By Aaron Pressman and Adam Lashinsky
August 2, 2018

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Apple ended trading Wednesday tantalizingly close to the magical trillion-dollar valuation mark. The company was the story of the 1980s (not the 1990s), the oughts, and now our current decade.

But what exactly is the story?

Apple enthusiasts and departed insiders I talk to are adamant that the company has lost its way. It isn’t innovative in the way it was. Its management is sclerotic, entrenched, and arrogant. Its products aren’t crisp. It isn’t the Apple of old.

Even if true, the argument feels churlish. Could there be a better example of a company—and it is a company, after all, not a religious organization—making the most of what it has? And, oh by the way, executing nearly flawlessly.

The most intriguing aspect of Tuesday’s earnings call to me was Tim Cook’s statement that Apple feels very good about its as-yet unannounced strategy to take advantage of the cord-cutting trend. Bernstein’s Toni Sacconaghi says Cook was similarly bullish several years ago. But that was before Apple started dishing out billions to the likes of Oprah Winfrey in competition for original content with Netflix, Amazon, HBO, and others.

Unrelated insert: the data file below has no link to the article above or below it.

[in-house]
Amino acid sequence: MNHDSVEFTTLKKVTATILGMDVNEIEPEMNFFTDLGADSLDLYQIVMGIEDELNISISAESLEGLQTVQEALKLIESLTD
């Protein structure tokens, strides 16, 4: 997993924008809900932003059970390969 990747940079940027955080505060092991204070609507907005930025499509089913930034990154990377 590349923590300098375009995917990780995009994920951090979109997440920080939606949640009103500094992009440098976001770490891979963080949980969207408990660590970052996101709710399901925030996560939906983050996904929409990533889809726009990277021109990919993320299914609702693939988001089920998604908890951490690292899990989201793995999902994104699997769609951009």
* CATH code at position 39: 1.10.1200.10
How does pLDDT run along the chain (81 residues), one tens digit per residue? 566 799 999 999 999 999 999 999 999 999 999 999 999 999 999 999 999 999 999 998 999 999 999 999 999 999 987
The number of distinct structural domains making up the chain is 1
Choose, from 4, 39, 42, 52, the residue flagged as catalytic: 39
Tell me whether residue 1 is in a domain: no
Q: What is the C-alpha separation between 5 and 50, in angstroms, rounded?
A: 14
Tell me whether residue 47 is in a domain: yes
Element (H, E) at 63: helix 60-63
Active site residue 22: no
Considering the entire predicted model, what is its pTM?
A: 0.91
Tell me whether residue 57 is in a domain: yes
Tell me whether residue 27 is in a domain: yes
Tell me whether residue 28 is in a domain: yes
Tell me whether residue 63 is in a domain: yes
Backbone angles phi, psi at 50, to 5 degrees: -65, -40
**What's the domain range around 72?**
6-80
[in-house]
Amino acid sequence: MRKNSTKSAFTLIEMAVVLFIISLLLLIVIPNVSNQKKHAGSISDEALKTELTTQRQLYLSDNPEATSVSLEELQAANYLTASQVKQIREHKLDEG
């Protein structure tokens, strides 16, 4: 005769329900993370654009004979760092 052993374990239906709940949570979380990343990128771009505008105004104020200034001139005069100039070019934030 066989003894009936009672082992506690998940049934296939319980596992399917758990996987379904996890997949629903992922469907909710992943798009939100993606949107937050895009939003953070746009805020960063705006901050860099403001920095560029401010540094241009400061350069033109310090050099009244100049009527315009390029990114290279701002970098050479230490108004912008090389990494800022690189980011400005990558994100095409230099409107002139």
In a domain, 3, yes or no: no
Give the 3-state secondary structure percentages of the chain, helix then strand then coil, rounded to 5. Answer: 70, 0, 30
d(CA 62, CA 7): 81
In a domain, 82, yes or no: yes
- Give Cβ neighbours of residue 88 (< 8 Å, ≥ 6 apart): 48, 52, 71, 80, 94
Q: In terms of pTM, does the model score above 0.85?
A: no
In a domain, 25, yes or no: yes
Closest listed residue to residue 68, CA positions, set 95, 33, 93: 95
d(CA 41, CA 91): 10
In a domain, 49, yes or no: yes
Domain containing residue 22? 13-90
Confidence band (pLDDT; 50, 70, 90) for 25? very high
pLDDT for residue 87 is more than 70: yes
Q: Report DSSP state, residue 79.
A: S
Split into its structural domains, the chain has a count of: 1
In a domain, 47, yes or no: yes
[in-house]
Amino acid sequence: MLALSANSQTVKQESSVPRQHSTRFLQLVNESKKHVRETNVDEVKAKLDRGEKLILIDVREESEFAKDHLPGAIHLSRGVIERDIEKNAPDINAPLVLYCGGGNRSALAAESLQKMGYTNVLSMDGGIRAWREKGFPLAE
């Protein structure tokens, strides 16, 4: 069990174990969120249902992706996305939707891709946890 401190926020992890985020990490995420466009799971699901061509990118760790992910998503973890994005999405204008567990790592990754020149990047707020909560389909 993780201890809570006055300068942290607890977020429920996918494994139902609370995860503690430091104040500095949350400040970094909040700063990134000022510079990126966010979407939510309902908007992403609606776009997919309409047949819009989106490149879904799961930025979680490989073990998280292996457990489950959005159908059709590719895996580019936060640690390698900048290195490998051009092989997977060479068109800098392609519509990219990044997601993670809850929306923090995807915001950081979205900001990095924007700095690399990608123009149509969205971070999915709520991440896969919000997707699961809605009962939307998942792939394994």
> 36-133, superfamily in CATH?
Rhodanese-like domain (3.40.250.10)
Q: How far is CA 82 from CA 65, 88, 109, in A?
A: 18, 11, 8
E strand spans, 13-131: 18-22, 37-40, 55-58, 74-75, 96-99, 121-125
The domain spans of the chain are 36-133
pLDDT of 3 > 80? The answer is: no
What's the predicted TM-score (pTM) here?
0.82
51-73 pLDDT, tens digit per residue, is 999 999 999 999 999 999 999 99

Apple’s grand plan could be as simple as re-skinning Apple Music to be Apple Entertainment (audio and video) and offering an attractively priced subscription. But perhaps it has grander plans. Look for Apple to do one of its signature “reveal” events next month, traditionally Apple’s preferred time for glitzy product introductions.


Momentum is building for Brainstorm Reinvent, Fortune’s newest conference. It is a two-day, invitation-only event in Chicago, on Sept. 24 and 25, devoted to the topic of business reinvention.

Here’s a selection of the participants I’m excited to hear from: Sam’s Club CEO John Furner, Harvard professor and (briefly) Uber executive Frances Frei, Microsoft deal chief Peggy Johnson, AI researcher and entrepreneur Rana el Kaliouby, New York Times CEO Mark Thompson, Ariel Investments President Mellody Hobson (who is also on the boards of Starbucks, J.P. Morgan Chase, and Estee Lauder), and United Technologies CEO Gregory Hayes.

That’s truthfully just a selection, and I’ll highlight other participants soon. More information about the event is here. There are still spots available for this inaugural event; email me directly for an invitation.

Adam Lashinsky


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